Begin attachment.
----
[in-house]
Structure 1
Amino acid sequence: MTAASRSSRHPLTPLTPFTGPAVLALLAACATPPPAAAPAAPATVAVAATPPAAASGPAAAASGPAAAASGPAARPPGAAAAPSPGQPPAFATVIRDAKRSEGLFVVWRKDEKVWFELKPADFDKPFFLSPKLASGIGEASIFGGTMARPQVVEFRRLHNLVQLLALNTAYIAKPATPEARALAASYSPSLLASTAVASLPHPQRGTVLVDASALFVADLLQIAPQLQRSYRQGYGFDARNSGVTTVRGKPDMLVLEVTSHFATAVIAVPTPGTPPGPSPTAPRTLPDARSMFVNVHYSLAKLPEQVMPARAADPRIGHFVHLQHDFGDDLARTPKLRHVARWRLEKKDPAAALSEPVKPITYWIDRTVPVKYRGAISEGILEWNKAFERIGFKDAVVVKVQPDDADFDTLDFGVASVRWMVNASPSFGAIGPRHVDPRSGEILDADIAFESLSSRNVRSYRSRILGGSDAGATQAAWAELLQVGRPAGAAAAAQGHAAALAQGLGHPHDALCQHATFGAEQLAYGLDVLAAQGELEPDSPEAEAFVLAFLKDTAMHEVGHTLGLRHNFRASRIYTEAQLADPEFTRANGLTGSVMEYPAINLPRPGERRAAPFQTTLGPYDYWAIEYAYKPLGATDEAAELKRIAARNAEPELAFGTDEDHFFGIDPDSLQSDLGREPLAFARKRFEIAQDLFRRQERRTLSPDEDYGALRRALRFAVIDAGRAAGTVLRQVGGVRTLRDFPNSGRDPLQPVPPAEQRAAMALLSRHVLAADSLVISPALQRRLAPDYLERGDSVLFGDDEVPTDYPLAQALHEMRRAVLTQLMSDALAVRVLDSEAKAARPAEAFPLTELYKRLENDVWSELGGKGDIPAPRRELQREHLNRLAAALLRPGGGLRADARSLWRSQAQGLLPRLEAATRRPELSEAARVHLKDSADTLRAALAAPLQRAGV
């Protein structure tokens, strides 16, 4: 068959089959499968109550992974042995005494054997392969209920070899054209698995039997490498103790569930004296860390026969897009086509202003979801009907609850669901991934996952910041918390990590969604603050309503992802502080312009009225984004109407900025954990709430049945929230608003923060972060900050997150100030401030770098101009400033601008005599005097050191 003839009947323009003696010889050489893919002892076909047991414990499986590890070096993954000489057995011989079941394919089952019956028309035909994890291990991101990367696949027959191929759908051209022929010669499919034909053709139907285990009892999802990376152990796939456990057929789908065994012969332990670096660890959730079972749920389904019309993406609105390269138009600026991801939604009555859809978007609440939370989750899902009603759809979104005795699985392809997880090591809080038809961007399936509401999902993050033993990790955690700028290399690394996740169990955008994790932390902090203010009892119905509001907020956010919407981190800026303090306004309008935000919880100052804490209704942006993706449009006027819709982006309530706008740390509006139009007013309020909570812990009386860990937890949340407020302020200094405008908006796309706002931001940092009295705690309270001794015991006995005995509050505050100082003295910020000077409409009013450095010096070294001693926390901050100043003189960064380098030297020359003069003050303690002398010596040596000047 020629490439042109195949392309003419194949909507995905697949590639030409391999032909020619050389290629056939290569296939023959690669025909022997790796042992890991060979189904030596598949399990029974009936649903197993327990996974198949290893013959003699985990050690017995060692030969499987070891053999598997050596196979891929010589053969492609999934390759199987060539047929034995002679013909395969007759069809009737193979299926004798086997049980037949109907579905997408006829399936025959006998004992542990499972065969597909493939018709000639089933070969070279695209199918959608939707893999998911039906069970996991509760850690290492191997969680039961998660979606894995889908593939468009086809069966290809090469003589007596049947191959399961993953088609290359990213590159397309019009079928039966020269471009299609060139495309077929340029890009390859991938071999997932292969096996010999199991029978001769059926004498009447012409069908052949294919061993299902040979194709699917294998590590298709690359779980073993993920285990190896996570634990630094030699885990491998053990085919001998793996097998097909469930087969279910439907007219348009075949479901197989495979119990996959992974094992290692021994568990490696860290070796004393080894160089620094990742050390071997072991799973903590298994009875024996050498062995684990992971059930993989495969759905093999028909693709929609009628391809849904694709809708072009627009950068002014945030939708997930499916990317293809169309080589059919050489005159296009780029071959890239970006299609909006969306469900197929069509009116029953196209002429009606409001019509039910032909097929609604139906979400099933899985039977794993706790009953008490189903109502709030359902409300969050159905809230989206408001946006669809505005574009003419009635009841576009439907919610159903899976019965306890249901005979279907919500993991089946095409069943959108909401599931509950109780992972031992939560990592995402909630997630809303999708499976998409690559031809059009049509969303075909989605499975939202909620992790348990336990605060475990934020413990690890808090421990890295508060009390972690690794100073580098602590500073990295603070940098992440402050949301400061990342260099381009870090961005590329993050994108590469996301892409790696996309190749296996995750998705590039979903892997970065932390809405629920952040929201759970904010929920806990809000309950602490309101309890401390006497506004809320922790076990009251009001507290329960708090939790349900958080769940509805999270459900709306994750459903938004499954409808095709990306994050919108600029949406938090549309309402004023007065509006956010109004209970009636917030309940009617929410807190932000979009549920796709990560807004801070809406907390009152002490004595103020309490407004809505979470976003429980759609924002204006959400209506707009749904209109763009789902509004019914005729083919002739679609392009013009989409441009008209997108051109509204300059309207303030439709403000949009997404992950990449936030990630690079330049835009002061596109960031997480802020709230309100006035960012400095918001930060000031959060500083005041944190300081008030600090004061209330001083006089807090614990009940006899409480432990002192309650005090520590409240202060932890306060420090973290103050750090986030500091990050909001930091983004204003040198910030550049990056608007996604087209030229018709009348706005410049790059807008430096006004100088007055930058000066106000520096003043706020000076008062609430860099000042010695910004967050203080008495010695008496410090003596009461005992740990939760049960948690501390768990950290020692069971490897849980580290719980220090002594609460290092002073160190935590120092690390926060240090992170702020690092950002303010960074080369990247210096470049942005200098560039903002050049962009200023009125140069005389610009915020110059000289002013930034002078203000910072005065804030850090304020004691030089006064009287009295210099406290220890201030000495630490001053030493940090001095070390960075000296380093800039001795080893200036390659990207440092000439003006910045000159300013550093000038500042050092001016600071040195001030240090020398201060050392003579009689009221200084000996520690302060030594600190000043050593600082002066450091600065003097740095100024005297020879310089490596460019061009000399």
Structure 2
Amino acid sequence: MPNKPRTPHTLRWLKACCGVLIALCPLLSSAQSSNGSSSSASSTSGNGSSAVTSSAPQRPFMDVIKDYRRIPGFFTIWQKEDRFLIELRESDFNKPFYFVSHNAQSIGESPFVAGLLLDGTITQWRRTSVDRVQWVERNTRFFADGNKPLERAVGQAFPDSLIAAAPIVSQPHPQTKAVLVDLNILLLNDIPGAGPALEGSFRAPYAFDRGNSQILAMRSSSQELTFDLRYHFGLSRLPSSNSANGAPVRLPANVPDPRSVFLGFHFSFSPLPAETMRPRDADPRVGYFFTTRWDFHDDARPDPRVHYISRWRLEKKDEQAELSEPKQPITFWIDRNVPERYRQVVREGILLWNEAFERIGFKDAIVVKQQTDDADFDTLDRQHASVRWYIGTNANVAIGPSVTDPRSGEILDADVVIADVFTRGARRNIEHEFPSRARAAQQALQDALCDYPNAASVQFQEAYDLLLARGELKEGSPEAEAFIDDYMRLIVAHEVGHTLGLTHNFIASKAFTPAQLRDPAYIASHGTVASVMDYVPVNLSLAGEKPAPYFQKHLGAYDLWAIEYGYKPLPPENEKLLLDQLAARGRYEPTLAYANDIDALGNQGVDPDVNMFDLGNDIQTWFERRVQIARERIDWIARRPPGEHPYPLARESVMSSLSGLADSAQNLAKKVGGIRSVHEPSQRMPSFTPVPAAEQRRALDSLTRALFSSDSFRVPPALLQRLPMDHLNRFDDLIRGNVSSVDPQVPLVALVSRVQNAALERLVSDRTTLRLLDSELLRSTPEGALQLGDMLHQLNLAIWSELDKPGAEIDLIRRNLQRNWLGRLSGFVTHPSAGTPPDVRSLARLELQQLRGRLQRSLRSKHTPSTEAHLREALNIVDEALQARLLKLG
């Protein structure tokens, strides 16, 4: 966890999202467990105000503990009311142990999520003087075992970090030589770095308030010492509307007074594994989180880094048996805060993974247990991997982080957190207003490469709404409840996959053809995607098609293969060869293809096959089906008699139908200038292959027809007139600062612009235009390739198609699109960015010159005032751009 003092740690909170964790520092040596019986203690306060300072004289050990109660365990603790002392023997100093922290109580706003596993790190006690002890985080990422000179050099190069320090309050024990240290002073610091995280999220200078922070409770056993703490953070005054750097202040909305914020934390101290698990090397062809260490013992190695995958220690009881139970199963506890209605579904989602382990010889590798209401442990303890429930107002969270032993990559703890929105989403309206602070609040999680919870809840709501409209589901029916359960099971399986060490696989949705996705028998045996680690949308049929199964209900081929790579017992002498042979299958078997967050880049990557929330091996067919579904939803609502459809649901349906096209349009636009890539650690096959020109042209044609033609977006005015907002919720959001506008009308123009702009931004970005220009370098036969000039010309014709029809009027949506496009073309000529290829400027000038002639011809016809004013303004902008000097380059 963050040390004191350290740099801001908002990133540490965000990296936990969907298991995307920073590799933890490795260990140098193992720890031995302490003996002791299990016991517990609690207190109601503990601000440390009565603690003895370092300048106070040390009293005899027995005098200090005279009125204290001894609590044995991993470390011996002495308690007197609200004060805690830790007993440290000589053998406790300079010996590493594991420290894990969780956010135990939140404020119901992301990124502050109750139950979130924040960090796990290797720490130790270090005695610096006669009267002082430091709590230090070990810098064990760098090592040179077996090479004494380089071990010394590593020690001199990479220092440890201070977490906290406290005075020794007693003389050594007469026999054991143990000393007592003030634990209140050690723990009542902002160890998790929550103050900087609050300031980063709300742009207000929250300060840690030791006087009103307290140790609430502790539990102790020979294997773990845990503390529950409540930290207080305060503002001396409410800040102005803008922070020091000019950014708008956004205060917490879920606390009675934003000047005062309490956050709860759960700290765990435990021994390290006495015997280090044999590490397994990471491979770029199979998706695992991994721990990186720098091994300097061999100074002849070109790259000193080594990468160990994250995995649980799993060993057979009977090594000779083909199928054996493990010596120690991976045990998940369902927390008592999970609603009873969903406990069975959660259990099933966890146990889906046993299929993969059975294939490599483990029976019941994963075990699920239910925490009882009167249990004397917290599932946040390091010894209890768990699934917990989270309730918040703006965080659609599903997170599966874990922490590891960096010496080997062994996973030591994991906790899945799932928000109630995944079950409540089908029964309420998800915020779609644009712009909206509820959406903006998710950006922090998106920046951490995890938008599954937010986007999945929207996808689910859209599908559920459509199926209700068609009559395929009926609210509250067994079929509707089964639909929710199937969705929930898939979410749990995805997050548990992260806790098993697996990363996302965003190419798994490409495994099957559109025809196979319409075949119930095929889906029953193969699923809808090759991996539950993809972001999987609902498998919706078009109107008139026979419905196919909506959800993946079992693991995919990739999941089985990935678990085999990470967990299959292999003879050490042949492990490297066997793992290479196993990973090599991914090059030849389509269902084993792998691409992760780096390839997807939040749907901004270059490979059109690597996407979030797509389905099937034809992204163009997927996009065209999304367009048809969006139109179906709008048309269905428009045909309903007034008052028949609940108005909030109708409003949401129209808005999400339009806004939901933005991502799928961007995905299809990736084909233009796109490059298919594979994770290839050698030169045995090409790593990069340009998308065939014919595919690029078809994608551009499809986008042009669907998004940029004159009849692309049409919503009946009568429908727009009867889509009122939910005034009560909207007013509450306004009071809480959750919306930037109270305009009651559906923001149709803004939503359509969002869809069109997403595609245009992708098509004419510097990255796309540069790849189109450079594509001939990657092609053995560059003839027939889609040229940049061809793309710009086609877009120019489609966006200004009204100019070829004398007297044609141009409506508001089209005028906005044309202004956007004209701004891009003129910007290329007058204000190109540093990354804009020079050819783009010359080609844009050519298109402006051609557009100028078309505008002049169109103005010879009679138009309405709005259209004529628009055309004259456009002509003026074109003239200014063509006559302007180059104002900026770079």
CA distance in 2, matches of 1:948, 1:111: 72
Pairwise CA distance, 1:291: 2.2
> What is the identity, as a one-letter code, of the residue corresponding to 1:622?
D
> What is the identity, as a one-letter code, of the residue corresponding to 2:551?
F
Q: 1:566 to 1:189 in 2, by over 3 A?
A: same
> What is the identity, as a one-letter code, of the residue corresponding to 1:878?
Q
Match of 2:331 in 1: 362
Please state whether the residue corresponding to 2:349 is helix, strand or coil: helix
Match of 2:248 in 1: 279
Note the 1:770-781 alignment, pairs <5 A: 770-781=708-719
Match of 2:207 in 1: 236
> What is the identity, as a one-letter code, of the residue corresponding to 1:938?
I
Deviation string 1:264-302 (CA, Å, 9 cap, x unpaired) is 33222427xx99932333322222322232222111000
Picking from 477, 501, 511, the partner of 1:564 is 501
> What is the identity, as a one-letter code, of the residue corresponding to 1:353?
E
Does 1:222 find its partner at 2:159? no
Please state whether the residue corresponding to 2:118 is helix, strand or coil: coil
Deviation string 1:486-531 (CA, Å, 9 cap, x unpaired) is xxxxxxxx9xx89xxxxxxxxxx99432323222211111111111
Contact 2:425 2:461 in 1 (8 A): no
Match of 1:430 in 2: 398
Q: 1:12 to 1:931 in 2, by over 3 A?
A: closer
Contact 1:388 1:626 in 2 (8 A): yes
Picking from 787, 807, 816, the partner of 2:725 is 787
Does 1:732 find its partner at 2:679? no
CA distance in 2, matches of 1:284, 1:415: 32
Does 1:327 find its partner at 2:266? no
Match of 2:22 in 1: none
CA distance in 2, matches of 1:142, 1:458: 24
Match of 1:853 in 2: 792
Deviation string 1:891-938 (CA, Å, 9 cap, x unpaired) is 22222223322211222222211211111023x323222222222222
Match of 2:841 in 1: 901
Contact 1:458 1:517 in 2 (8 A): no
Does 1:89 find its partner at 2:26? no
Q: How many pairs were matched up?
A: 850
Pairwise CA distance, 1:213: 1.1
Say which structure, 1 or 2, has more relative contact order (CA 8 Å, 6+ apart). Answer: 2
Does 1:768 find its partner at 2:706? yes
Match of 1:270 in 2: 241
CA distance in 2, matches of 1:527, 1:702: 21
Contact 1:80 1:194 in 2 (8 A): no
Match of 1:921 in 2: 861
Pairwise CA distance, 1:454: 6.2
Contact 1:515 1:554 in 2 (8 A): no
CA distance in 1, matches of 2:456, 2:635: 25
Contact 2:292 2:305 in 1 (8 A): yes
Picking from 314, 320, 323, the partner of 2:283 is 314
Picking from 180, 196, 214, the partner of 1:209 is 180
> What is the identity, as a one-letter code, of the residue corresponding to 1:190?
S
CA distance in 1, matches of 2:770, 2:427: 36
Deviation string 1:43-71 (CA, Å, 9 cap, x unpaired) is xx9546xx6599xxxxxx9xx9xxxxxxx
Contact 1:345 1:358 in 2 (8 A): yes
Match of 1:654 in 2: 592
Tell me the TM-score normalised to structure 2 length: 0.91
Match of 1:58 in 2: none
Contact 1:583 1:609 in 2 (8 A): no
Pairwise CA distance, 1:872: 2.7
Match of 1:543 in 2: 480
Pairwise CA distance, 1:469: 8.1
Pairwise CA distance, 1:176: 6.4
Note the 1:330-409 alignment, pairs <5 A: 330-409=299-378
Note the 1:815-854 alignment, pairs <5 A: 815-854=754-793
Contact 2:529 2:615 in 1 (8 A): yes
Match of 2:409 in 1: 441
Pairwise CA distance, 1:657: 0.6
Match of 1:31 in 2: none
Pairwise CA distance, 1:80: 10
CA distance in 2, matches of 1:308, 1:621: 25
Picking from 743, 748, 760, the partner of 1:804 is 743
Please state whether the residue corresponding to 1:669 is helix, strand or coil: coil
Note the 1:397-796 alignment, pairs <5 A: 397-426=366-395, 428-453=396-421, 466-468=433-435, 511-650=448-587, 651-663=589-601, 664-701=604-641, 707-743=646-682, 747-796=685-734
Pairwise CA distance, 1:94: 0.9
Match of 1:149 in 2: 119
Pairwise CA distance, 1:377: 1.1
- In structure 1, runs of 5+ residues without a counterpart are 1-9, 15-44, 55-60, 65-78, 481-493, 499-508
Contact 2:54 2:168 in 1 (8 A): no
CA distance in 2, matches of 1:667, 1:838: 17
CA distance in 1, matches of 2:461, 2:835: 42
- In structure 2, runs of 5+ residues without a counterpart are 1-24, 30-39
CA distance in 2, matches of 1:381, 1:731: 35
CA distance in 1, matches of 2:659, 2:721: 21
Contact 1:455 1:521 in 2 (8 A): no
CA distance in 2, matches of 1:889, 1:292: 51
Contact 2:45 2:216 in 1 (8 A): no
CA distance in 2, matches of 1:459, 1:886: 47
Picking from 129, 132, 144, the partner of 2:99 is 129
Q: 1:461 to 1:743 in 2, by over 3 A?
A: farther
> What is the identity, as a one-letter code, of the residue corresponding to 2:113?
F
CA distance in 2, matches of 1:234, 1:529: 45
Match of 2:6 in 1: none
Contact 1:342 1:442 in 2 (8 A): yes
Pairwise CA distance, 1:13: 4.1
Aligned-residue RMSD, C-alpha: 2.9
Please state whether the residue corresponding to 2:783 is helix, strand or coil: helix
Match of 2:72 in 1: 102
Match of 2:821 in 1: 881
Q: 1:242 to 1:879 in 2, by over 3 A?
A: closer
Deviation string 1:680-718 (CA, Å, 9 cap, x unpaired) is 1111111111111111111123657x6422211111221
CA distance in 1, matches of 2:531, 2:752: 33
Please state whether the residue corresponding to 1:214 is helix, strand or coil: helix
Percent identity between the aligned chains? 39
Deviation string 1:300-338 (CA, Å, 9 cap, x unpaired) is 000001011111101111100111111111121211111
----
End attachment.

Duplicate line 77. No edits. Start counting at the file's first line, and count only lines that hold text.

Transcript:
Note the 1:815-854 alignment, pairs <5 A: 815-854=754-793